From the Back Cover

Cyril Avery is not a real Avery- or at least that’s what his adoptive parents tell him.  And he never will be.  But if he isn’t a real Avery, then who is he?  Born out of wedlock to a teenage girl cast out from her rural Irish community and adopted by a well-to-do if eccentric Dublin couple via the intervention of a hunchbacked Redemptorist nun, Cyril is adrift in the world, anchored only tenuously by his heartfelt friendship with the infinitely more glamorous and dangerous Julian Woodbead.  At the mercy of fortune and coincidence, he will spend a lifetime coming to know himself and where he came from- and over his many years will struggle to discover an identity, a home, a country, and much more.

My Thoughts

I finally did it- I read the book that was everyone’s favorite last year, and I loved every word!  I honestly couldn’t get enough of THE HEART’S INVISIBLE FURIES.  It was such a roller coaster of emotions; it made me laugh, it made me cry, it made me smile, and it broke my heart, all while becoming my favorite read of the year so far.  I’m always cautious reading crazy-hyped books, but I’m happy I finally caved because this one did not disappoint!

I adore interconnected stories, and the characters of THE HEART’S INVISIBLE FURIES are so tied together that it actually boggled my mind.  The story begins as Cyril is an unborn baby still in his mother’s womb, and then it continues to follow Cyril throughout his life until he is seventy years old, with chapters peeping in every seven years.  Cyril is surrounded by the same cast of characters for the entirety of the book: his adoptive parents Charles and Maude Avery, his best friend Julian, Julian’s sister Alice, and many more.  In each chapter, Cyril crosses paths with his birth mother, and eventually they grow to have a friendship though neither of them know of their true relation to each other.  Each of their interactions felt like a little tease, and Boyne really got me rooting for them to figure it out!  The story built until their final reconciliation, in which everything finally came full circle.  I’ve never read a more satisfying ending!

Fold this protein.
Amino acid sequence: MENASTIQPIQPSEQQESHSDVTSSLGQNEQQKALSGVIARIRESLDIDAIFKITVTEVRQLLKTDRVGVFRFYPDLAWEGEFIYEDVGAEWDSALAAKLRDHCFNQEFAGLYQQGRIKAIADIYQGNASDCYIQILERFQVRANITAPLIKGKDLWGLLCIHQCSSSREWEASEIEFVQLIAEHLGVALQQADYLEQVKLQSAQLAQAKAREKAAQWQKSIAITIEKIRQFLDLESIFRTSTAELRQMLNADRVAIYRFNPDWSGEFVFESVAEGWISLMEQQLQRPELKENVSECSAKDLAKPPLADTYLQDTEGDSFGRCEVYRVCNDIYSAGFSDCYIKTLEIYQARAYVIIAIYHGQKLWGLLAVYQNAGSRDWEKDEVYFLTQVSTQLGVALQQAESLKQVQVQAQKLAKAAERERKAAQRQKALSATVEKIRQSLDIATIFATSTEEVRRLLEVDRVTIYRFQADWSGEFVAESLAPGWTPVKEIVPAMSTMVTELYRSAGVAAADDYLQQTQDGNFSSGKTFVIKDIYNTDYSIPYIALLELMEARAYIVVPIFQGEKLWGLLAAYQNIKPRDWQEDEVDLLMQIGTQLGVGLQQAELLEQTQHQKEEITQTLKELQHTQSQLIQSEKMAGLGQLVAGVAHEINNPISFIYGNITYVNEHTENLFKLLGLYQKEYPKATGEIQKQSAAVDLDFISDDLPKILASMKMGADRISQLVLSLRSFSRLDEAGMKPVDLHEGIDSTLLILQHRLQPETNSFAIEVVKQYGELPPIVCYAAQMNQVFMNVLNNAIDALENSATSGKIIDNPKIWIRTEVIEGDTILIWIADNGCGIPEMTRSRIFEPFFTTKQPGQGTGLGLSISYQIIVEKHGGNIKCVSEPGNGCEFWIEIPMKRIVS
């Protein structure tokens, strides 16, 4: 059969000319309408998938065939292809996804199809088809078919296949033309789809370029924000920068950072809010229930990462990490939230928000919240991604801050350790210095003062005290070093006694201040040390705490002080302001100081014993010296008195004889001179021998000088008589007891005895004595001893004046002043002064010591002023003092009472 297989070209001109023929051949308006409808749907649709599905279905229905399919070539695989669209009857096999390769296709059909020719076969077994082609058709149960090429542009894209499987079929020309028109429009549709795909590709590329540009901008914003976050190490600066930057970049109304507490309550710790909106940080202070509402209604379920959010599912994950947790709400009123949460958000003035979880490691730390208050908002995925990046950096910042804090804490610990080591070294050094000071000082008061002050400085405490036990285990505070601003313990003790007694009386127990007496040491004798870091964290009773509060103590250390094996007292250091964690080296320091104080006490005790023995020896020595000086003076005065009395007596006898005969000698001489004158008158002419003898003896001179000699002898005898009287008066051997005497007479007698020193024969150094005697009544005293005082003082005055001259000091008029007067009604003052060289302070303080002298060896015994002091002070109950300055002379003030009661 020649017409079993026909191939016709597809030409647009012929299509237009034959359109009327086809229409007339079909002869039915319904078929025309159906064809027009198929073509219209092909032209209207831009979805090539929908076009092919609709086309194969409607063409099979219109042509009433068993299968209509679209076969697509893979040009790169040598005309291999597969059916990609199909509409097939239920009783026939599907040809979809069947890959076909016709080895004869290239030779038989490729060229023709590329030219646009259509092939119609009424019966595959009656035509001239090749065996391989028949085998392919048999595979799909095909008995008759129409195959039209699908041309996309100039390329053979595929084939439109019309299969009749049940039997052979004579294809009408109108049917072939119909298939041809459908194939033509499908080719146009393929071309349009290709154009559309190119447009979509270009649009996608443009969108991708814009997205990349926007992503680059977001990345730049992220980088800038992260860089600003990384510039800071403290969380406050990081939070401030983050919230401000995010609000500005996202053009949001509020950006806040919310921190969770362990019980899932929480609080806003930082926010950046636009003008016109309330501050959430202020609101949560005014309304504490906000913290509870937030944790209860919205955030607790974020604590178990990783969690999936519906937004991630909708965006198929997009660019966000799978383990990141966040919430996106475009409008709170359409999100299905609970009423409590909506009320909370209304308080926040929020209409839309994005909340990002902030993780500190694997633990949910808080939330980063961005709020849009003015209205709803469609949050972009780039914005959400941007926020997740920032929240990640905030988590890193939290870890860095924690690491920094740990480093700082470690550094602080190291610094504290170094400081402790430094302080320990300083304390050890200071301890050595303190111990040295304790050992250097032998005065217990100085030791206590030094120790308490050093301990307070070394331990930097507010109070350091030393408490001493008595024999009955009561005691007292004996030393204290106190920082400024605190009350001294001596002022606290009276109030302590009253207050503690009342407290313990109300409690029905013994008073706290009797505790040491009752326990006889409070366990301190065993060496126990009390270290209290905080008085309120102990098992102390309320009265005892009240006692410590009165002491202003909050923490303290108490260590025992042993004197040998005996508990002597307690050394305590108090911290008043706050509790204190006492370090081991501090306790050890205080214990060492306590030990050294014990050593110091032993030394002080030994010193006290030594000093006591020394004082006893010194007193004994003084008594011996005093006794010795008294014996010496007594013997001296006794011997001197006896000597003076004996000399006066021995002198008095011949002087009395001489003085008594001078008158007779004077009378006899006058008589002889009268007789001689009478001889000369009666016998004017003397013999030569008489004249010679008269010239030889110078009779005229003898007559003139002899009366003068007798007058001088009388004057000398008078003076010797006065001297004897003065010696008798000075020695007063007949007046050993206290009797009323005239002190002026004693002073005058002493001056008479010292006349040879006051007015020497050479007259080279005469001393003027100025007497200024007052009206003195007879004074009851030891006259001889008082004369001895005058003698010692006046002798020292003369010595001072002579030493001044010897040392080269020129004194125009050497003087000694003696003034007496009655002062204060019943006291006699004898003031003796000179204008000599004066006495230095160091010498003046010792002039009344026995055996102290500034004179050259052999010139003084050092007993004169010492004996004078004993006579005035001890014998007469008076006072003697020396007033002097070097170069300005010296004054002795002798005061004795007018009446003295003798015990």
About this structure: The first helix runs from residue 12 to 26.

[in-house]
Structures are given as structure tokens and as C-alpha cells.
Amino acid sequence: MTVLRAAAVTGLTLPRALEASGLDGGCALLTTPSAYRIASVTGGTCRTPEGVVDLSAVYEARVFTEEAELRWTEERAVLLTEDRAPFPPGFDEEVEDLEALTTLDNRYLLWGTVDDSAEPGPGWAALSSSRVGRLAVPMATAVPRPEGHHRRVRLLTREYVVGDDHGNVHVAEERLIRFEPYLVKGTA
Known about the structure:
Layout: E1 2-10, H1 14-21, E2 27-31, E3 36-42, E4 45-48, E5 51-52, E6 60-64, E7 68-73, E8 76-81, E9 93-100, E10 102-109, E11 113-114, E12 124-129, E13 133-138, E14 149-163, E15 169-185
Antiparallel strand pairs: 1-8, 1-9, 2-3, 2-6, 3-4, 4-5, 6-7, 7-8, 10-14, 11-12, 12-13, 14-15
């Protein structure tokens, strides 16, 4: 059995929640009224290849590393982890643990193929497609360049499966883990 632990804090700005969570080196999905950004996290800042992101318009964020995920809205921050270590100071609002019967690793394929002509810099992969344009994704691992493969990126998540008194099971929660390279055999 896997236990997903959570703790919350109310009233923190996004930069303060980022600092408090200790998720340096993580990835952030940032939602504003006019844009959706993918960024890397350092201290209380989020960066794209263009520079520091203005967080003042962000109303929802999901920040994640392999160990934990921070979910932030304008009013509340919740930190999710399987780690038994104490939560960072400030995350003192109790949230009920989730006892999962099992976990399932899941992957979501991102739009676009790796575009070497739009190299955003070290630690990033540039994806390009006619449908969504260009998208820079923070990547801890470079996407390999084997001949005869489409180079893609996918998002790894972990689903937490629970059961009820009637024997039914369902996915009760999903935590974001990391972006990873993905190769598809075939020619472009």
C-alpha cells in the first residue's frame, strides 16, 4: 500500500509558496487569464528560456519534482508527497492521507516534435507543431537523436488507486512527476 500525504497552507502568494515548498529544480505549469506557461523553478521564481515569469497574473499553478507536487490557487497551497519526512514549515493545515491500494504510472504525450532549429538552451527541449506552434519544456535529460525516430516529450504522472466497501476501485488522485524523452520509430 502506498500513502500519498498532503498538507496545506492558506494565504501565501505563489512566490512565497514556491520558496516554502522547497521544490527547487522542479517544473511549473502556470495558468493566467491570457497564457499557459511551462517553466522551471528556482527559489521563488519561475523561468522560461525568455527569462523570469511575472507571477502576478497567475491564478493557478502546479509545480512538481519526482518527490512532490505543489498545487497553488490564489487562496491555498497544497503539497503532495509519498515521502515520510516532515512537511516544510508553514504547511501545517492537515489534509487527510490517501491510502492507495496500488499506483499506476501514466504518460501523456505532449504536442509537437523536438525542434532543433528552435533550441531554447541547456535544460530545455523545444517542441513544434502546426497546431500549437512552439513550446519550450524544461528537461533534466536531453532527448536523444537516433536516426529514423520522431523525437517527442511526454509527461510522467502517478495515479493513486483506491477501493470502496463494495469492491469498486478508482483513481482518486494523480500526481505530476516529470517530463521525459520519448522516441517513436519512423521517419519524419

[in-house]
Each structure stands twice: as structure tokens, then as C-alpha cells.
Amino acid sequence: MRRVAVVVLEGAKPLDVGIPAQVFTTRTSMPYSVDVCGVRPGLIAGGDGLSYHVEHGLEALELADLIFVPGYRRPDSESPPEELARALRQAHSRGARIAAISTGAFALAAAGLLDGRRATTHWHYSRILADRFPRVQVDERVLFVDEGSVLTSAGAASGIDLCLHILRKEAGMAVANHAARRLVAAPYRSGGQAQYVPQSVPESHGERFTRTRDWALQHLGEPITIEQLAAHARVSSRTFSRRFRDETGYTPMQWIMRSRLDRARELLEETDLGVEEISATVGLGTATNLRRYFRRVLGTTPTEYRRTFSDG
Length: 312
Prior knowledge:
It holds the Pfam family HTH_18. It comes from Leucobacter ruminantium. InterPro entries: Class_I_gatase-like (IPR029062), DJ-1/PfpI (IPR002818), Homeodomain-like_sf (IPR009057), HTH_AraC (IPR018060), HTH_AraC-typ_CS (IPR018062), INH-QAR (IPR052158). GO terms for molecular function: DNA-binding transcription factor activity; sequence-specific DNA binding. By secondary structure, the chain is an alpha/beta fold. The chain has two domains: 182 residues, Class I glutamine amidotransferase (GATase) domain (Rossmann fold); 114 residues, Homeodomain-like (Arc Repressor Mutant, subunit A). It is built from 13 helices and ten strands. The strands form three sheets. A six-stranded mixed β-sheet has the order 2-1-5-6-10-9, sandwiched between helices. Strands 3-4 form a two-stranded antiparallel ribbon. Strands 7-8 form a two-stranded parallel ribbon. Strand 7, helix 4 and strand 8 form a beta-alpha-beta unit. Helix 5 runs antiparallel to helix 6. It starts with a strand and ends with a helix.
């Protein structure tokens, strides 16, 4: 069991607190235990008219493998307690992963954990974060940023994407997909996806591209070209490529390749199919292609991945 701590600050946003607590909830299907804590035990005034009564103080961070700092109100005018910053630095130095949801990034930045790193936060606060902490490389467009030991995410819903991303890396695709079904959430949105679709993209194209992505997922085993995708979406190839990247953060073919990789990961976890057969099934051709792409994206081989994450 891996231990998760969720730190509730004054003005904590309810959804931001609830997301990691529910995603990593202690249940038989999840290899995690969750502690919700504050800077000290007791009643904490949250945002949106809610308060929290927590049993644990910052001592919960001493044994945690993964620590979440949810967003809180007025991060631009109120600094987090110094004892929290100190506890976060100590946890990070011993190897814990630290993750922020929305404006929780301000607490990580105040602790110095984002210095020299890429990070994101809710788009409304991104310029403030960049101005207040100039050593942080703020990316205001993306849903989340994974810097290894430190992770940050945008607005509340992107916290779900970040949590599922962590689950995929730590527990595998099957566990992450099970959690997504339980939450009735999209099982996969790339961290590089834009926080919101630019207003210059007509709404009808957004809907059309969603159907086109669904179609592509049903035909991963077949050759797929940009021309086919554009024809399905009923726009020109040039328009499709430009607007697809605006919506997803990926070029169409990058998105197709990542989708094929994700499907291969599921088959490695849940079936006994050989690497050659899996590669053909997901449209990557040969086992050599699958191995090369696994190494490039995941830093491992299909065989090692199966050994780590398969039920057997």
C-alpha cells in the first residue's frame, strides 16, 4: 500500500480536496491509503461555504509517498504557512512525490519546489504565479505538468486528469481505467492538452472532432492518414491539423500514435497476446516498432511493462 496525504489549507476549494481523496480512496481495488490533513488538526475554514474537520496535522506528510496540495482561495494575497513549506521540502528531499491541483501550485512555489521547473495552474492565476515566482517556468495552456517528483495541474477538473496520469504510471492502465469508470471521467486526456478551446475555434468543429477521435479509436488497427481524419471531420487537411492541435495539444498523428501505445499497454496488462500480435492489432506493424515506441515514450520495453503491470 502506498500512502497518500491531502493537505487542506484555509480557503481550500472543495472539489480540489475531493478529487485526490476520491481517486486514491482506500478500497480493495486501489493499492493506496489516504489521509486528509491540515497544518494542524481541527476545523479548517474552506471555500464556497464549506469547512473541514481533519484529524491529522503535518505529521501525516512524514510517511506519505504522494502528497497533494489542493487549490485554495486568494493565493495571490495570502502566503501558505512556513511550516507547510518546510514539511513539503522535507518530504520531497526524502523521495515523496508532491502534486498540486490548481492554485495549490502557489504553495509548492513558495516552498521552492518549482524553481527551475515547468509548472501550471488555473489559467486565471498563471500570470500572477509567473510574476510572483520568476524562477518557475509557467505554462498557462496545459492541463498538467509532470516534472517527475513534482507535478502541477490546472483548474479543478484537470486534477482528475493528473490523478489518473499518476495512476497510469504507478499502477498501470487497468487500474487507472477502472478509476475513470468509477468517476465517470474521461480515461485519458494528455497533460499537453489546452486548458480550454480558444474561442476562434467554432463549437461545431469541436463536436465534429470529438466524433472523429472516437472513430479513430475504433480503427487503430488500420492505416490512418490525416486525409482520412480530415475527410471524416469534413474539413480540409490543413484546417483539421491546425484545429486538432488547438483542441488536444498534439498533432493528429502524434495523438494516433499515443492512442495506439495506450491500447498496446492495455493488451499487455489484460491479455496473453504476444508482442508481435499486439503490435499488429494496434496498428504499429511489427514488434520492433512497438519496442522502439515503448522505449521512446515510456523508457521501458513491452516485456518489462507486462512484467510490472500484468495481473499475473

“A line came into my mind, something that Hannah Arendt once said about the poet Auden: that life had manifested the heart’s invisible furies on his face.”

THE HEART’S INVISIBLE FURIES has a unique narration style; seventy-year-old Cyril narrates the entirety of the story, so reading his younger self was interesting because it came from a wiser, older point of view instead of a naive, adolescent one.  Boyne writes with a unique sense of humor and witty dialogue that made me actually laugh out loud at times.  It’s the kind of dry(ish) humor that not everyone likes, but I think a lot of what made me love this book is that I clicked with Boyne’s sense of humor.  It did take me a second to get used to his style, but once I got into it I absolutely flew through the book.  I read the second half in just a day.

“If there is one thing I’ve learned in more than seven decades of life, it’s that the world is a completely fucked-up place.  You never know what’s around the corner and it’s often something unpleasant.”

If you haven’t yet read THE HEART’S INVISIBLE FURIES, I would strongly recommend that you jump on the bandwagon.  It’s an emotional coming-of-age story with brilliantly intertwined characters that you’ll want to hug when you finish.  You won’t be disappointed!


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